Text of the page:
Equally important? The business subject matter experts (SME) on Maconaghie’s team who knew the business process and who were empowered to make decisions.

They started small, strictly defining their MVP (minimum viable product). The business SMEs would take a limited set of use cases and build around those. “The first thing we did was get the [Ushur automation] live as quickly as possible. We had to test the use case first, to prove it. And once we determined, ‘ok, this one’s working,’ we’d keep iterating on this,” Maconaghie said, noting that only then would he bring in his IT developers to help with more complex integrations.

Maconaghie feels that oftentimes, IT teams have long, multi-step plans that, while comprehensive, can slow implementation when bottlenecks arise. Leading with business users cum no-coders, he felt Tower benefited from a startup-like, lean approach, where IT and business teams were now collaborating and complementing each other.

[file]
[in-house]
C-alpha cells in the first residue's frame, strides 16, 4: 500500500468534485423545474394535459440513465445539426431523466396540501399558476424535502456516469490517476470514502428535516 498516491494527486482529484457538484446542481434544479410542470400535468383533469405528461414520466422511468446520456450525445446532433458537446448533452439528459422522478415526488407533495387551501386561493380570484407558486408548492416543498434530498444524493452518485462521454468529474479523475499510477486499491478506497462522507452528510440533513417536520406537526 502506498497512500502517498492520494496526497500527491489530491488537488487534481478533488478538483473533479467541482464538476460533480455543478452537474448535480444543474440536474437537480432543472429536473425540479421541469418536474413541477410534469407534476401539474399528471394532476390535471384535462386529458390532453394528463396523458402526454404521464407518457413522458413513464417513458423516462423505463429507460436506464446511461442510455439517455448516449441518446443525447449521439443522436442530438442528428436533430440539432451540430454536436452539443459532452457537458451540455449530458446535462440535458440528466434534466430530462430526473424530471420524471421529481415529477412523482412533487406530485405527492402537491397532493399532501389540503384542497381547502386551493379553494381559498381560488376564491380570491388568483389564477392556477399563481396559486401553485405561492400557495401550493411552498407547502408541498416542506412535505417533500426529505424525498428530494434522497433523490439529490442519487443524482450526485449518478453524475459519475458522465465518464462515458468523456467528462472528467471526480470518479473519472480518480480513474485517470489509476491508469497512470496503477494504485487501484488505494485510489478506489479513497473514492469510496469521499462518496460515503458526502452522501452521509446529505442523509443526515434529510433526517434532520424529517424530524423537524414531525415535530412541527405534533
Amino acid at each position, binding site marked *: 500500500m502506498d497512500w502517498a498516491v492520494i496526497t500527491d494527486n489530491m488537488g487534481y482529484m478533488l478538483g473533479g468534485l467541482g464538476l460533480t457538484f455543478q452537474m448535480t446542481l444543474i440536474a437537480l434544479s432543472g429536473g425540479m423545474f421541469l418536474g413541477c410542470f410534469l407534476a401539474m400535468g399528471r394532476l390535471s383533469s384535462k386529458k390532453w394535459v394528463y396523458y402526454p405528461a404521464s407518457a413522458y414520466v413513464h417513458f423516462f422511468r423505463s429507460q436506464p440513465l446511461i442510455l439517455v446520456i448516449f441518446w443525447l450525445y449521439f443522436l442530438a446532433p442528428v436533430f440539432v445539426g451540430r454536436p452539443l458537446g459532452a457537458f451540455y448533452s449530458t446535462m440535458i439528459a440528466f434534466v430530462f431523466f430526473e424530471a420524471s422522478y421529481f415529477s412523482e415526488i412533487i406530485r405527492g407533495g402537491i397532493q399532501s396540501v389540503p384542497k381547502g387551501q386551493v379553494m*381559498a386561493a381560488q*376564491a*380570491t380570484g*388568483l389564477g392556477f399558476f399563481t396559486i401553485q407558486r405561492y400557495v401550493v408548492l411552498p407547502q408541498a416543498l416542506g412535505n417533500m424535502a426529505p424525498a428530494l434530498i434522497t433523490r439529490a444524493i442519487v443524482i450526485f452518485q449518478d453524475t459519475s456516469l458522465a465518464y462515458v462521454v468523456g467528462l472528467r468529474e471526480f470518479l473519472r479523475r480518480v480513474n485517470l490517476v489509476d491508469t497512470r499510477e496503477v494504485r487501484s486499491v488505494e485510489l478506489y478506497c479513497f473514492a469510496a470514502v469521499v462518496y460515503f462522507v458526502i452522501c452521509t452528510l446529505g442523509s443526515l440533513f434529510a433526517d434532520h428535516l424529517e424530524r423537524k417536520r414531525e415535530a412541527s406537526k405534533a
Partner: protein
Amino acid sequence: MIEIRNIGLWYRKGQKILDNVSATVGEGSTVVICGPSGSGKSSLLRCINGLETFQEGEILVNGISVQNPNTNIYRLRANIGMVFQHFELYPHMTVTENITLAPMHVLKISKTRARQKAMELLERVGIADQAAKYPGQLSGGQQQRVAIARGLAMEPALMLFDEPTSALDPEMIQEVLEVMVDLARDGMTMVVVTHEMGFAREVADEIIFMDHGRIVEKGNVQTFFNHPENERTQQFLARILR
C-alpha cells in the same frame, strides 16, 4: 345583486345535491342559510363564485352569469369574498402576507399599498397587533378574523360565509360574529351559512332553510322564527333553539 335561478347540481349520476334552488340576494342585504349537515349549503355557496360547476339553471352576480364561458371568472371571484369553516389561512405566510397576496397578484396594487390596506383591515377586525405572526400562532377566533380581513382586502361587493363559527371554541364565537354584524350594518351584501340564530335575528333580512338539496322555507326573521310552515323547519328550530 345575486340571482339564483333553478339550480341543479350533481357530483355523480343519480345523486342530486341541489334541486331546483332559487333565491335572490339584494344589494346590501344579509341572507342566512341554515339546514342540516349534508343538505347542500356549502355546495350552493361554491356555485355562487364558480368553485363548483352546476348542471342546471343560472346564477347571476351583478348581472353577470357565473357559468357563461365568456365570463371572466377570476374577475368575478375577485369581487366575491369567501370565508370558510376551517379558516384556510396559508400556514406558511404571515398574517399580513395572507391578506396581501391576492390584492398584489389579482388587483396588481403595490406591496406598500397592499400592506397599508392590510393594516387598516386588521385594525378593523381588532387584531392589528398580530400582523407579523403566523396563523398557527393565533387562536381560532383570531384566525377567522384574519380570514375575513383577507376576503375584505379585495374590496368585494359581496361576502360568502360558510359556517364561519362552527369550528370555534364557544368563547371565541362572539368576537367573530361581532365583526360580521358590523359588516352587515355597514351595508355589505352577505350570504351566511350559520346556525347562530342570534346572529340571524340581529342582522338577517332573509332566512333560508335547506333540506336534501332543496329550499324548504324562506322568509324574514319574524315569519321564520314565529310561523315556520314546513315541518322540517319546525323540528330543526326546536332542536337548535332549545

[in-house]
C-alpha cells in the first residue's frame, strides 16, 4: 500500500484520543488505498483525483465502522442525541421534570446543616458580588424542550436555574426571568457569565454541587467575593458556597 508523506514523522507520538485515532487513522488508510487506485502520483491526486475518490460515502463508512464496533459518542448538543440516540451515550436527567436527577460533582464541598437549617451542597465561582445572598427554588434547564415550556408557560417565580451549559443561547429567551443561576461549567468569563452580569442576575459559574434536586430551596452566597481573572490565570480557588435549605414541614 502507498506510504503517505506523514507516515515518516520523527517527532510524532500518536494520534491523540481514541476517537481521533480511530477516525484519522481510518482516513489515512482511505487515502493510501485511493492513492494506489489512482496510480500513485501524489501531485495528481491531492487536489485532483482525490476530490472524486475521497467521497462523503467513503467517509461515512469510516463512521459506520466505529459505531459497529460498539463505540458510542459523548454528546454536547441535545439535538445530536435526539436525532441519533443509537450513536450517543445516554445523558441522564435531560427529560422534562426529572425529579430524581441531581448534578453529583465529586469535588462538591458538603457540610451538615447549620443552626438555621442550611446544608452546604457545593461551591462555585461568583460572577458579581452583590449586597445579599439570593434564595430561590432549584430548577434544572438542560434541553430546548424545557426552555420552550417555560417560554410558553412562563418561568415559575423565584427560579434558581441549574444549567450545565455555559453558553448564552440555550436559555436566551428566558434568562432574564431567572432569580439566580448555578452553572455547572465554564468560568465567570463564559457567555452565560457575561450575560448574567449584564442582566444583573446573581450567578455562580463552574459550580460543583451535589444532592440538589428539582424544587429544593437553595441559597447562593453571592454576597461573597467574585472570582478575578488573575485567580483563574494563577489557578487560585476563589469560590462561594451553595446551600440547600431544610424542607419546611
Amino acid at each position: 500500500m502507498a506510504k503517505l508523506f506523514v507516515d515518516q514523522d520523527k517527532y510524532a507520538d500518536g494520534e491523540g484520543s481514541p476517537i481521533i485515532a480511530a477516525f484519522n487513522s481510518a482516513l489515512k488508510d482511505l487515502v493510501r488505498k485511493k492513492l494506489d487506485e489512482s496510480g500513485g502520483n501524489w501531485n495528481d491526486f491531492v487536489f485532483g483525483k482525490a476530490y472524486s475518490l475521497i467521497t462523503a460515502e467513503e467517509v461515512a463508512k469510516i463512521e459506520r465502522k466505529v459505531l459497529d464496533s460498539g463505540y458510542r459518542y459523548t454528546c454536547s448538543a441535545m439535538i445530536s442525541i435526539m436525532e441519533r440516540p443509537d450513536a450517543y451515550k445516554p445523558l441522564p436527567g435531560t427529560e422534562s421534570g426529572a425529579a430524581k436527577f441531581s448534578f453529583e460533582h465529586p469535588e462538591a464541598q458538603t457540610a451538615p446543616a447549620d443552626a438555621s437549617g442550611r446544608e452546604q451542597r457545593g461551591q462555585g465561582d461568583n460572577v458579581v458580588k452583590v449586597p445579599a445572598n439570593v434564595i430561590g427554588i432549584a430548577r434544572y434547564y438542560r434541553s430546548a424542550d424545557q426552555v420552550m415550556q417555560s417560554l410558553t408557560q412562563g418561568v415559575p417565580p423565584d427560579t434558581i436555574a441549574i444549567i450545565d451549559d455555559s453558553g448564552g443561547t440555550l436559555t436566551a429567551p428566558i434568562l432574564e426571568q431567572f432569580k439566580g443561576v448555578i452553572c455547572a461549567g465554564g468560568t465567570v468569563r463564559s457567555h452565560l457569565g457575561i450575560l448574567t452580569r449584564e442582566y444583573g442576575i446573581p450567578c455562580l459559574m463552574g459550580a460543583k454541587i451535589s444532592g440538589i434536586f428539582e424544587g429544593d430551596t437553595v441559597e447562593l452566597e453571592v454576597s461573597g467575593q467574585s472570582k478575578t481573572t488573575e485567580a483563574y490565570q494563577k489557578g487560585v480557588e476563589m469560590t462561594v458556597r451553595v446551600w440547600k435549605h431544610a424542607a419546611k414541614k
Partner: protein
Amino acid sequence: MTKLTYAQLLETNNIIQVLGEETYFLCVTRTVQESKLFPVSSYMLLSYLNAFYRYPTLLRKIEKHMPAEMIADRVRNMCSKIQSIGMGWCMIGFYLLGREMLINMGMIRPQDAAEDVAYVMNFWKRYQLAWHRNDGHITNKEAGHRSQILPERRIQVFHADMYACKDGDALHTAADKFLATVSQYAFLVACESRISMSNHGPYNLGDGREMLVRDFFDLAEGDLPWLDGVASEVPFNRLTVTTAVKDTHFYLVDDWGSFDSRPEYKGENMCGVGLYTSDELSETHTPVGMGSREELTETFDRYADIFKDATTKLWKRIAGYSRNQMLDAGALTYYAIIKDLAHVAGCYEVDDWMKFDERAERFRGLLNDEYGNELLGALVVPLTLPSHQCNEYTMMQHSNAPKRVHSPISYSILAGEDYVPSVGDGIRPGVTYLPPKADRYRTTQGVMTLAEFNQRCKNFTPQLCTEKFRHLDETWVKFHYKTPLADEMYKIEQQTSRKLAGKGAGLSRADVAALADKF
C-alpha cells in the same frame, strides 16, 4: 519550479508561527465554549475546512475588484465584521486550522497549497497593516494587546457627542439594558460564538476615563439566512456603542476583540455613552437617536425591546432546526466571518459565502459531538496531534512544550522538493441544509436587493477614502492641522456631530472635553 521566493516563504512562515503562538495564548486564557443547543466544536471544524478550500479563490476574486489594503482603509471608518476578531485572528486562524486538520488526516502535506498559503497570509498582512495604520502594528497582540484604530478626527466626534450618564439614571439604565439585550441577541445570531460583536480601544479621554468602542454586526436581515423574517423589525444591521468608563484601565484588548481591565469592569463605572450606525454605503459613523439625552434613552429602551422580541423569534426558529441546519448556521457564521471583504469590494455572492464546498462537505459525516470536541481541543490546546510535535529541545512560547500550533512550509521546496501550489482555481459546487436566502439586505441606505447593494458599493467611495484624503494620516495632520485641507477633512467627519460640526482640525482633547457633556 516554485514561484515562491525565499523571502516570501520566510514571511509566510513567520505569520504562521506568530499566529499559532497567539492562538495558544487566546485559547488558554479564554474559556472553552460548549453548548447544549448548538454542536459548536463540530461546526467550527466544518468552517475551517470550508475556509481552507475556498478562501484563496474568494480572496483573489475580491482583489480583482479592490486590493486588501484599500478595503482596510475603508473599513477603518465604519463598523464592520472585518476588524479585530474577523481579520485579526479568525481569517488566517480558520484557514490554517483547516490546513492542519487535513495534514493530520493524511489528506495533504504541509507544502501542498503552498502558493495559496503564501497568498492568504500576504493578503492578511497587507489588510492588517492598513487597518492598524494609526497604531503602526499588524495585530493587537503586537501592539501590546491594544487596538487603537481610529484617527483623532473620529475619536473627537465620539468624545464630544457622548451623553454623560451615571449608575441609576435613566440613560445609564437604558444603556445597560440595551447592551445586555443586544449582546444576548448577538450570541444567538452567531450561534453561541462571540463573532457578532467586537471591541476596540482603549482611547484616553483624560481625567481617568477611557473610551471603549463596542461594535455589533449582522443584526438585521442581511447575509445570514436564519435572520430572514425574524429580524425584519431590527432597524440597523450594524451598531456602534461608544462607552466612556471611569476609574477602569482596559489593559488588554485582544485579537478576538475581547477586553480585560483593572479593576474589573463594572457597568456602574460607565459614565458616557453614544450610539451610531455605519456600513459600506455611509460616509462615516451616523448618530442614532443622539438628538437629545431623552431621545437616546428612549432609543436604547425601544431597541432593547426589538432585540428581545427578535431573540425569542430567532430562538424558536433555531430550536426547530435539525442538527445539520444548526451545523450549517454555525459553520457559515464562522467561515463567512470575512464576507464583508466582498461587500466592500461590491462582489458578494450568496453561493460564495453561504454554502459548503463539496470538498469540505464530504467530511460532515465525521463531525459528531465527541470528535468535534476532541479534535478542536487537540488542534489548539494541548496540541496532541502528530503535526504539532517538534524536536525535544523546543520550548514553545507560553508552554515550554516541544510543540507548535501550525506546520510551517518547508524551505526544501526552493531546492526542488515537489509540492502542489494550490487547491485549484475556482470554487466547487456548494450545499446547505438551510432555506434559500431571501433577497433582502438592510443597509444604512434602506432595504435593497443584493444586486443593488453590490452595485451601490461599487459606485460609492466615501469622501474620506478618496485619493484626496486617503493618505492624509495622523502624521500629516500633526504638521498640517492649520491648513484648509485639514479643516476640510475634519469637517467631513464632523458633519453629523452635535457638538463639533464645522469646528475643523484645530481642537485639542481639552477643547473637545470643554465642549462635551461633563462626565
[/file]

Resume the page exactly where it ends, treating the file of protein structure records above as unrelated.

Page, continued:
Sekharan, coming from a much larger enterprise, asked Maconaghie how he circumvented the shadow IT debate that embroils some tech CIOs. His answer - the proof is in the pudding. He emphasized that getting security team-approval early on in the process was critical to moving fast and hard.

“We can iterate very quickly, proving our dataset first. One of the first things we used Ushur for was getting data from our customers. [...] From day one, we’ve trained our business users, and it’s paid dividends.”

Start Small, Expand at Warp Speed